Image above: (Top) Detail of a spectrogram of the sky and a vertically blurred version of it. (Bottom) Intensity curves for the blue and green channels of the original (colored) and blurred (black) images. Vertical dashed lines identify Fraunhofer absorption lines.
Identifying absorption lines in a continuous spectrum requires separating signal from noise. It was possible to see six fairly convincing Fraunhofer lines in a spectrum of the sky, and there might be more recorded in the image, but some of them are rather subtle. My reaction was to try to capture a better spectrum next time, but Jeff Warren’s reaction was to try to extract more information from the spectrum we already had. Jeff suggested vertical averaging of the pixel values in Photoshop.
So I applied a motion blur filter to the image which evened out the color in vertical columns of pixels. The image above is a detail of that same spectrogram with the original image above and the blurred image below. Below the images are the graphs of the two color channels that contribute to this part of the spectrum. The blue and green lines are the intensity curves that Spectral Workbench extracted from the original image, and the black lines are the curves extracted from the blurred image.
The curves from the blurred image are smoother -- they have less noise. The dips in the curve at the locations of the Fraunhofer absorption lines are about the same depth. So the effect is weak, but this should help distinguish the signal (Fraunhofer dips) from the noise (higher frequency variation in intensity).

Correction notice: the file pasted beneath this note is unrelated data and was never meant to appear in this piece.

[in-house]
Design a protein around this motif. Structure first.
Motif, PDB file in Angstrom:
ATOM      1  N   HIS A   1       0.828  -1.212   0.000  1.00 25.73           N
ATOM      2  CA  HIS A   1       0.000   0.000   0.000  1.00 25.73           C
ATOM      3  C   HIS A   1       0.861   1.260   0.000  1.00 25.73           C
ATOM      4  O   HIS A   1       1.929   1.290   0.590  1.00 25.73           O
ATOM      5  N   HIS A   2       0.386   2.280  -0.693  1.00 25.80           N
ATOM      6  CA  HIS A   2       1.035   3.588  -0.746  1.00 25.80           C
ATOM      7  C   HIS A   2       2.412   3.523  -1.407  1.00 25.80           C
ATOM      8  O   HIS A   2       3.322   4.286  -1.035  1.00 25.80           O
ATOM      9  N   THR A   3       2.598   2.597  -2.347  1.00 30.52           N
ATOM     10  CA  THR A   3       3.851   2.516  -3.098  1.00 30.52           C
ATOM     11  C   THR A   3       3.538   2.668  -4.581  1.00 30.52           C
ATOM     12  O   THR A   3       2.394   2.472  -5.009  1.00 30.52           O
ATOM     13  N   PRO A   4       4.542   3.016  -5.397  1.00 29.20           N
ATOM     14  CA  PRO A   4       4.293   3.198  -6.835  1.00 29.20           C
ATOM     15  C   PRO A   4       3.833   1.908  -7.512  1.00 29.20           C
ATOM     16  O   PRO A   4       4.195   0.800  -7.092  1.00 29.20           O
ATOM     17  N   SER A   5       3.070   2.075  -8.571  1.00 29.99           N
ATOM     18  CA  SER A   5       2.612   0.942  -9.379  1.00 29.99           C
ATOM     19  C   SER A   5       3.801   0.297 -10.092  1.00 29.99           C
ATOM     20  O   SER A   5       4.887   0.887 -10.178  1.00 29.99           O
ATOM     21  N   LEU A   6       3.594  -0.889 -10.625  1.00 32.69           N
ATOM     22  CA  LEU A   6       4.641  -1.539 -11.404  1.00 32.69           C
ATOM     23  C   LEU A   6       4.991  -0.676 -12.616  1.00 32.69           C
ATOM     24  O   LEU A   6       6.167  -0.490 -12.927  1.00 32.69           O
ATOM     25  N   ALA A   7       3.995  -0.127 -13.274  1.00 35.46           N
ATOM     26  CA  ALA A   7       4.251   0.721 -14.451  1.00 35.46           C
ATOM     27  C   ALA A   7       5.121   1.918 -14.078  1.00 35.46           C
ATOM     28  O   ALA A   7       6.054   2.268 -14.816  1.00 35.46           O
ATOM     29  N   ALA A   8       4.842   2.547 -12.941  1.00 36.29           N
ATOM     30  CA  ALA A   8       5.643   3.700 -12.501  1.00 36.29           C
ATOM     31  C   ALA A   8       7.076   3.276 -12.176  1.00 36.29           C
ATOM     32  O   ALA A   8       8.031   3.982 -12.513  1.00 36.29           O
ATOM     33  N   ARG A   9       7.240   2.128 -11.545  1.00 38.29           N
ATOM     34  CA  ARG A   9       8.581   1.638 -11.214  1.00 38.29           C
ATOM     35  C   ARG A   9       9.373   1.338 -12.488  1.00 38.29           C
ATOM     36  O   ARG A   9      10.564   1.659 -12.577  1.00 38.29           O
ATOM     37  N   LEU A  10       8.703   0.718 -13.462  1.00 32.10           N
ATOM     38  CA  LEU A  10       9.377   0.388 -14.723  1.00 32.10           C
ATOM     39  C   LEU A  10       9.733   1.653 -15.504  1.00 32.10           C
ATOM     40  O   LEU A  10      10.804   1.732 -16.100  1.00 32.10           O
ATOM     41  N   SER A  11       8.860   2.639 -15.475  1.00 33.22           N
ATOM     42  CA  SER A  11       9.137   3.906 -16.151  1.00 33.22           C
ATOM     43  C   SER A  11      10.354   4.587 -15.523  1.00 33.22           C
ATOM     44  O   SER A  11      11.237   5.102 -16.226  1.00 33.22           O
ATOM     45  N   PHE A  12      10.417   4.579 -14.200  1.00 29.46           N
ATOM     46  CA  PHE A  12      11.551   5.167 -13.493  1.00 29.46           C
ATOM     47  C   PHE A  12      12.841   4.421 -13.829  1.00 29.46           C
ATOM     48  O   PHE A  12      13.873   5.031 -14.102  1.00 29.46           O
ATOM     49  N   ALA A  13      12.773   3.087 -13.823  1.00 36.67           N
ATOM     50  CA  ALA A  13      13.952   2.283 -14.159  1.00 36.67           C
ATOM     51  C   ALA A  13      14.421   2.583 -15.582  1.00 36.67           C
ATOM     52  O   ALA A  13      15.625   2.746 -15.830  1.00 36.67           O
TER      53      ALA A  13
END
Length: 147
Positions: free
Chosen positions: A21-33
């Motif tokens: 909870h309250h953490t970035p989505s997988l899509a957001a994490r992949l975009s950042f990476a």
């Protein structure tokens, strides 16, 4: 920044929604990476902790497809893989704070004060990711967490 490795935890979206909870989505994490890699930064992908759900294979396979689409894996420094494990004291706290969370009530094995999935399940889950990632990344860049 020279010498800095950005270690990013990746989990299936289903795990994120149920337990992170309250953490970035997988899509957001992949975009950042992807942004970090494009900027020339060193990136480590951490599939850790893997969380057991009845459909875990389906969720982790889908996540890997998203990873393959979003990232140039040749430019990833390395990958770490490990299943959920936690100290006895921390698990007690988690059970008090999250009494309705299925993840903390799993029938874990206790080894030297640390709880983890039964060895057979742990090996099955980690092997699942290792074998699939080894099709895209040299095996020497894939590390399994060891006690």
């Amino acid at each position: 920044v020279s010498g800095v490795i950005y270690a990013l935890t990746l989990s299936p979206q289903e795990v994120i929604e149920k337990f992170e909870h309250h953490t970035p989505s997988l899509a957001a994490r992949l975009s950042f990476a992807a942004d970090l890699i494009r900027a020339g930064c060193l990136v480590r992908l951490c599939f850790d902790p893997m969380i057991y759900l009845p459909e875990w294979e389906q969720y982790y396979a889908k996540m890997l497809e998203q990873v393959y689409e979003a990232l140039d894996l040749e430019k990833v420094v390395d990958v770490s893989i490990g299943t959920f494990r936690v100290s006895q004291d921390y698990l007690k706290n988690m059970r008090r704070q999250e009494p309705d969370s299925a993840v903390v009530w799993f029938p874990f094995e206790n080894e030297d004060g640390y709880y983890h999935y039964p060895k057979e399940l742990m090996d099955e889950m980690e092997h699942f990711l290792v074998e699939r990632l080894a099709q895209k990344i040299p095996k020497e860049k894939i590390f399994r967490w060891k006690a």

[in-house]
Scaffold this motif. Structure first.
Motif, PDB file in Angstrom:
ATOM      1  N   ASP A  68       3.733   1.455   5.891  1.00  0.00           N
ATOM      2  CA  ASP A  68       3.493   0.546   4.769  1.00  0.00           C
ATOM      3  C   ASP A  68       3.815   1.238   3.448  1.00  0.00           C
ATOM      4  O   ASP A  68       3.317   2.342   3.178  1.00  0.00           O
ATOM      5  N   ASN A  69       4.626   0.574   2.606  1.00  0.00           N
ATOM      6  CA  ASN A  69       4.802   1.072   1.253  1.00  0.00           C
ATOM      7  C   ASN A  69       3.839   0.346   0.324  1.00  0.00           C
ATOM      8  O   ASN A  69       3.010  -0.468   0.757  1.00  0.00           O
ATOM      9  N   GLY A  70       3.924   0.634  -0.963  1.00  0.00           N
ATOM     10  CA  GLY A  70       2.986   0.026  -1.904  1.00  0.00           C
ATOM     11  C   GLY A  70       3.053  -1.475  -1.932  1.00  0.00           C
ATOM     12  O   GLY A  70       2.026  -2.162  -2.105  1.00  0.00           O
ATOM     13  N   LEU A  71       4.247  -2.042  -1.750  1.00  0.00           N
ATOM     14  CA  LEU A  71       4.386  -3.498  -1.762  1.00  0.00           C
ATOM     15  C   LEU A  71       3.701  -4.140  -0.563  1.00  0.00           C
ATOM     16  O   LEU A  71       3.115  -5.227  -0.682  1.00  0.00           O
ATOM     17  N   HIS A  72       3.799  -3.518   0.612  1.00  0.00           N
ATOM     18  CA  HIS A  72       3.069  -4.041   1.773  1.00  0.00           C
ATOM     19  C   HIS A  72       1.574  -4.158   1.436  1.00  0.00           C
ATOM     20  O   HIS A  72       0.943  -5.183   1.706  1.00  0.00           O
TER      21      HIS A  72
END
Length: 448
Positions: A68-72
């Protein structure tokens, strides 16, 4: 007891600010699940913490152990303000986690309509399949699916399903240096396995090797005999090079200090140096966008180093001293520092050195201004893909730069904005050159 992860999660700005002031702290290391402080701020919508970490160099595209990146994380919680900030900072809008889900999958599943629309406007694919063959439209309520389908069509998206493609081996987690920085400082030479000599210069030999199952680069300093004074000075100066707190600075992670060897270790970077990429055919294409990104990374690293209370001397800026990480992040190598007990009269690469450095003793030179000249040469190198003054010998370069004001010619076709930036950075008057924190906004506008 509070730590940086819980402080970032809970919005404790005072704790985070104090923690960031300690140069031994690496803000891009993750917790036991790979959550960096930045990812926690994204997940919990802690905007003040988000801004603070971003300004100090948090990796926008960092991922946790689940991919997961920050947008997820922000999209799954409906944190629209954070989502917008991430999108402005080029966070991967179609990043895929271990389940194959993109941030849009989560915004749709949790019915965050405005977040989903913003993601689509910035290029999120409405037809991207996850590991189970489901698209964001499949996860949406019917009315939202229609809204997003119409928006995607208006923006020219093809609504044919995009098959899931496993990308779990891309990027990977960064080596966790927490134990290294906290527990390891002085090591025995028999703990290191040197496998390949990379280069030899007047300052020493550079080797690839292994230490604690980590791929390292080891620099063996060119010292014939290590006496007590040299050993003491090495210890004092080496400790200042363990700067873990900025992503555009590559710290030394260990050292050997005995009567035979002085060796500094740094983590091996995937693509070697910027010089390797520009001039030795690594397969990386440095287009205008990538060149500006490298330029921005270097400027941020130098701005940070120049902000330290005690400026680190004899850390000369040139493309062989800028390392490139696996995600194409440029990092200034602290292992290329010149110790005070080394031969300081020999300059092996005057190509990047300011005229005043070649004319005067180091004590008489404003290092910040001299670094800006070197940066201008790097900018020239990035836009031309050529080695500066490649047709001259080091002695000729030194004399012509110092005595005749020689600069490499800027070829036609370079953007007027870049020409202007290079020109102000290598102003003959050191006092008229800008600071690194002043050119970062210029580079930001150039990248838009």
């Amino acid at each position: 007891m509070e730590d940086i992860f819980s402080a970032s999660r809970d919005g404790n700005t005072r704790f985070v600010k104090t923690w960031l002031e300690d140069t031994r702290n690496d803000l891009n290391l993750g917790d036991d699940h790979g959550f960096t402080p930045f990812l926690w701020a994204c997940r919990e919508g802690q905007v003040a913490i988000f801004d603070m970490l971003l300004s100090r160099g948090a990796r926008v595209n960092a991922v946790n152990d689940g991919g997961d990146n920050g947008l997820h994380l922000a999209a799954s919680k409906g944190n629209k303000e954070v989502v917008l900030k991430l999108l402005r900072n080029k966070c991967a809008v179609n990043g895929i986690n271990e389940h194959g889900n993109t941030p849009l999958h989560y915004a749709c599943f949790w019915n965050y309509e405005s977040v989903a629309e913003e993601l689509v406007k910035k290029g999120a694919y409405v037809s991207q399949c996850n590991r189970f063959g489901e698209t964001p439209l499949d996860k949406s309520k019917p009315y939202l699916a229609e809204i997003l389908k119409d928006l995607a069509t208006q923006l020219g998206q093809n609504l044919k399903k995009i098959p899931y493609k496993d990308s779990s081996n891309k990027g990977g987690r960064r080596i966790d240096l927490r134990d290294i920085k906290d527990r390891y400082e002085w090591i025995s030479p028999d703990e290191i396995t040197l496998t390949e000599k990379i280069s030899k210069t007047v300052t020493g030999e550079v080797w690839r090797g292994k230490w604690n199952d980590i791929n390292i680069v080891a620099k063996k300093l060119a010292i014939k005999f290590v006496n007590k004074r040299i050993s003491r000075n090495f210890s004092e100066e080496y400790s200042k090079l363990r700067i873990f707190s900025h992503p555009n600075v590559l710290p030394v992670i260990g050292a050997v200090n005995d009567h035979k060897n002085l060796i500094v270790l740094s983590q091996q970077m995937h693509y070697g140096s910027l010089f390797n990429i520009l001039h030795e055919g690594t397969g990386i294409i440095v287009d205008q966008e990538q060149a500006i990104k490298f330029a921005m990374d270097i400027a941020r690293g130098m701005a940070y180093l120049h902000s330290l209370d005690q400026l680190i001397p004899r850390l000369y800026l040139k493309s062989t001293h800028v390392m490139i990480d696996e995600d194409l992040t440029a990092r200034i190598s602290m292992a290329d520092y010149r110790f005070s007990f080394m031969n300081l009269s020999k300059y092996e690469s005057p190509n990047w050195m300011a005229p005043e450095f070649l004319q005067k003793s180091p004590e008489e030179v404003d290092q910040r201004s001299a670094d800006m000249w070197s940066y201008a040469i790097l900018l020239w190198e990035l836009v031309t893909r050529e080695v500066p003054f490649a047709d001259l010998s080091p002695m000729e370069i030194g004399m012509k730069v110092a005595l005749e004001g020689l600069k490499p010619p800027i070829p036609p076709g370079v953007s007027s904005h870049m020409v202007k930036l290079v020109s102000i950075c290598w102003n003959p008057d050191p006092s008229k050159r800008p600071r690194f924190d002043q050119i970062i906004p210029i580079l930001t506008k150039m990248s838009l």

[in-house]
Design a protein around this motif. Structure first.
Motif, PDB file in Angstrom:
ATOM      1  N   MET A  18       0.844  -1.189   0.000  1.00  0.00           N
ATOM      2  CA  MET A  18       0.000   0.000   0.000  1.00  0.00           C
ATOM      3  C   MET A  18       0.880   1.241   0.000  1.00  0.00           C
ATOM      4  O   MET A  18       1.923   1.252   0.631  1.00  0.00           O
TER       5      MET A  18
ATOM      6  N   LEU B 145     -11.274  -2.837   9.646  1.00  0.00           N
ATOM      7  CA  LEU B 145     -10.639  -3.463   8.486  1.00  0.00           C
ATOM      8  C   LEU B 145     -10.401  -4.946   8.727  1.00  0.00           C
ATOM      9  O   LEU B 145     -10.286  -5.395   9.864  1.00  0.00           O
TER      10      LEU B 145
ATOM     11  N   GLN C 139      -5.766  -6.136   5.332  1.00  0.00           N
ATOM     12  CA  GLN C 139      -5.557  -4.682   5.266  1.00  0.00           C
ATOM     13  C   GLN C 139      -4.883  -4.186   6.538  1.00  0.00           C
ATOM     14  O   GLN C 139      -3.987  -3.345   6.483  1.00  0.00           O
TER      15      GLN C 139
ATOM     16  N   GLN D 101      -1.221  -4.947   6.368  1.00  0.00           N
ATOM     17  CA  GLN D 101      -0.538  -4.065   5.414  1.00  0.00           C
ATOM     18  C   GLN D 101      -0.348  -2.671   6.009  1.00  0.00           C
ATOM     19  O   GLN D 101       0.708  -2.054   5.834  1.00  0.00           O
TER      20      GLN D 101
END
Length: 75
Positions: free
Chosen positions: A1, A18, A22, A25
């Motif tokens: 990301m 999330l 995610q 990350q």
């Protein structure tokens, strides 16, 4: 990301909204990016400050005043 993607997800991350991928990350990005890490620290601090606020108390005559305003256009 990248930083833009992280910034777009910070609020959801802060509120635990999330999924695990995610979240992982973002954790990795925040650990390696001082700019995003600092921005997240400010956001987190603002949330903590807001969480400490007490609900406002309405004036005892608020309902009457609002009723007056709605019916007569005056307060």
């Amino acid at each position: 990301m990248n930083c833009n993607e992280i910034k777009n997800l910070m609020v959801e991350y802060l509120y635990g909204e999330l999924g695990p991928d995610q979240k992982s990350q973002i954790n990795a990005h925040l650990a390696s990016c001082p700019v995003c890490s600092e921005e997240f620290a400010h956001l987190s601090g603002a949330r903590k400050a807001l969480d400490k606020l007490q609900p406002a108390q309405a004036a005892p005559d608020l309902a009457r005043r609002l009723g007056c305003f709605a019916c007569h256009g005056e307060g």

Ideally, a new line could be mathematically fit to the smoothed curves and the deviations of the curves from the new line could be mathematically tested to see if any deviations were unusual enough to be considered signals. This way absorption lines (or emission peaks) could be identified objectively.
The blurring in Photoshop was done by applying a motion blur filter: Filters/Blur/Motion blur, with angle =90° and distance=300 pixels. Jeff might try to implement a similar vertical averaging feature in Spectral Workbench. The two versions of the spectrograms are at Spectral Workbench: original and blurred.